About 80 percent of people end up with “mild disease” and recover, but this definition can include pneumonia. About 13.8 percent have severe disease, which includes shortness of breath and 6.1 percent are critical, suffering things like respiratory failure and septic shock, according to WHO.

The Centers for Disease Control and Prevention has now expanded its symptom list. Previously, the CDC listed only shortness of breath, a fever, and a dry cough as the key symptoms of coronavirus. Now the CDC lists the following:

People with COVID-19 have had a wide range of symptoms reported – ranging from mild symptoms to severe illness. These symptoms may appear 2-14 days after exposure to the virus:

Shortness of breath or difficulty breathing
Repeated shaking with chills
Muscle pain
Sore throat
New loss of taste or smell

Here’s what you need to know:

At About a Week In, Patients Tend to Get Better or End Up Hospitalized With Worsening Symptoms, Experts Say

Emerging 2019 Novel Coronavirus (2019-nCoV) PneumoniaEmerging 2019 Novel Coronavirus (2019-nCoV) Pneumonia

It’s take about a week to know whether the body will kick COVID-19.

“Patients tend to have symptoms for about a week before either getting better, or getting really sick,” Dr. Joshua Denson, who works at Tulane Medical Center in New Orleans, told NBC. Sometimes, the network reported, coronavirus patients think they’re getting better until they take a sharp turn for the worse. Of course, most people do recover.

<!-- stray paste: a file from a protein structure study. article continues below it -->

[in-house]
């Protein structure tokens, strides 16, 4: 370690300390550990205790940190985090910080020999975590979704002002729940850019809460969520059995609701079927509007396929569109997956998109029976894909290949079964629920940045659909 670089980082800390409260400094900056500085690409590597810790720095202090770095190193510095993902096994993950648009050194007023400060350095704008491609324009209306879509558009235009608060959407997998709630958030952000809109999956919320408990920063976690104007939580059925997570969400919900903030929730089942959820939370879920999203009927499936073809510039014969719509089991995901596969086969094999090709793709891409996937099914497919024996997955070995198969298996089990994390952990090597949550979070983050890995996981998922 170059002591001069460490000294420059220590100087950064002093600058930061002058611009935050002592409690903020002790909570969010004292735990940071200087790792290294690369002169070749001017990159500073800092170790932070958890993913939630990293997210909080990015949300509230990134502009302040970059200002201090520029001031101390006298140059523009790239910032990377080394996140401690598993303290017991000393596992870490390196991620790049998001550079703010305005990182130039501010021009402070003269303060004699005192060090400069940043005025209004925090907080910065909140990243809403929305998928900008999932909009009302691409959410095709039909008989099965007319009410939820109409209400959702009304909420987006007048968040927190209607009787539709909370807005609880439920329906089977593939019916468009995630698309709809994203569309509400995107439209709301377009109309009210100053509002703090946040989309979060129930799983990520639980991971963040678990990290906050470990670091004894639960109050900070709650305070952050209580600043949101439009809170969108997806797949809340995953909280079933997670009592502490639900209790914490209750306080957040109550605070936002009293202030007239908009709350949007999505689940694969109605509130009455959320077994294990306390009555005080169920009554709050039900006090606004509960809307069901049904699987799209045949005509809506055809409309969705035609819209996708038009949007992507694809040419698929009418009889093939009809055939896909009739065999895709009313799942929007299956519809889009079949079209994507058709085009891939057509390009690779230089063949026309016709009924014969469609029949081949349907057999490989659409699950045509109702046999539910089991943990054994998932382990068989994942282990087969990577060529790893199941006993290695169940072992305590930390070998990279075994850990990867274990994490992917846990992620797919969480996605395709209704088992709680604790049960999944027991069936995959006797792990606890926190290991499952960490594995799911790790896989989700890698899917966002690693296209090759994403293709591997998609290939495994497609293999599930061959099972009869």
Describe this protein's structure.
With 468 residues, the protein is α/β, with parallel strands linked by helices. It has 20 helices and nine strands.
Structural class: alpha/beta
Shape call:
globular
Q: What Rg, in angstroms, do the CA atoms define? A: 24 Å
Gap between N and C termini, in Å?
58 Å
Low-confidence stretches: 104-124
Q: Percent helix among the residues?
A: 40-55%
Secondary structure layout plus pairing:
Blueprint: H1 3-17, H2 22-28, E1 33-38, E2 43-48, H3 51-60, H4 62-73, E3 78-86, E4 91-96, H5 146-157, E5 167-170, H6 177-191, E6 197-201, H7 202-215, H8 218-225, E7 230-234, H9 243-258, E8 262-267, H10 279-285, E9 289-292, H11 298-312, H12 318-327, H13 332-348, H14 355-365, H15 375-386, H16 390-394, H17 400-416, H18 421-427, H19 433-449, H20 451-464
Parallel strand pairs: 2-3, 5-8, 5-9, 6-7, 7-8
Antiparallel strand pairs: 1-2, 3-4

Diarrhea – and other digestive issues like vomiting, nausea, abdominal pain, and lack of appetite – have all been documented as symptoms seen in coronavirus patients. Diarrhea, vomiting and abdominal pain may be early symptoms of coronavirus in some cases.

“Coronavirus disease 2019 (COVID-19) most commonly presents with respiratory symptoms, including cough, shortness of breath, and sore throat. However, digestive symptoms also occur in patients with COVID-19 and are often described in outpatients with less severe disease,” researchers in a study in The American Journal of Gastroenterology found.

That study found that the early symptoms of coronavirus can be gastrointestinal, with respiratory symptoms coming later: “In some cases, the digestive symptoms, particularly diarrhea, can be the initial presentation of COVID-19, and may only later or never present with respiratory symptoms or fever.”

However, the three most prevalent symptoms are a fever, a dry cough, and shortness of breath.

Absence of those things doesn’t mean you don’t have it, though. The scientific community is just starting to understand COVID-19.

“The most common symptoms of COVID-19, the disease caused by the new coronavirus, are fever, cough and shortness of breath,” according to John Hopkins Medicine. “Some patients also have body aches, runny nose, sore throat or diarrhea. If you have a sore throat and think you have been exposed to the new coronavirus, contact a health care provider by phone and discuss your risk.”

The World Health Organization indicates that based on 55,924 laboratory confirmed cases, “typical signs and symptoms include: fever (87.9%), dry cough (67.7%), fatigue (38.1%), sputum production (33.4%), shortness of breath (18.6%), sore throat (13.9%), headache (13.6%), myalgiaor arthralgia (14.8%), chills(11.4%), nausea or vomiting (5.0%), nasal congestion (4.8%), diarrhea (3.7%), and hemoptysis (0.9%), and conjunctival congestion (0.80%).”

For More Information: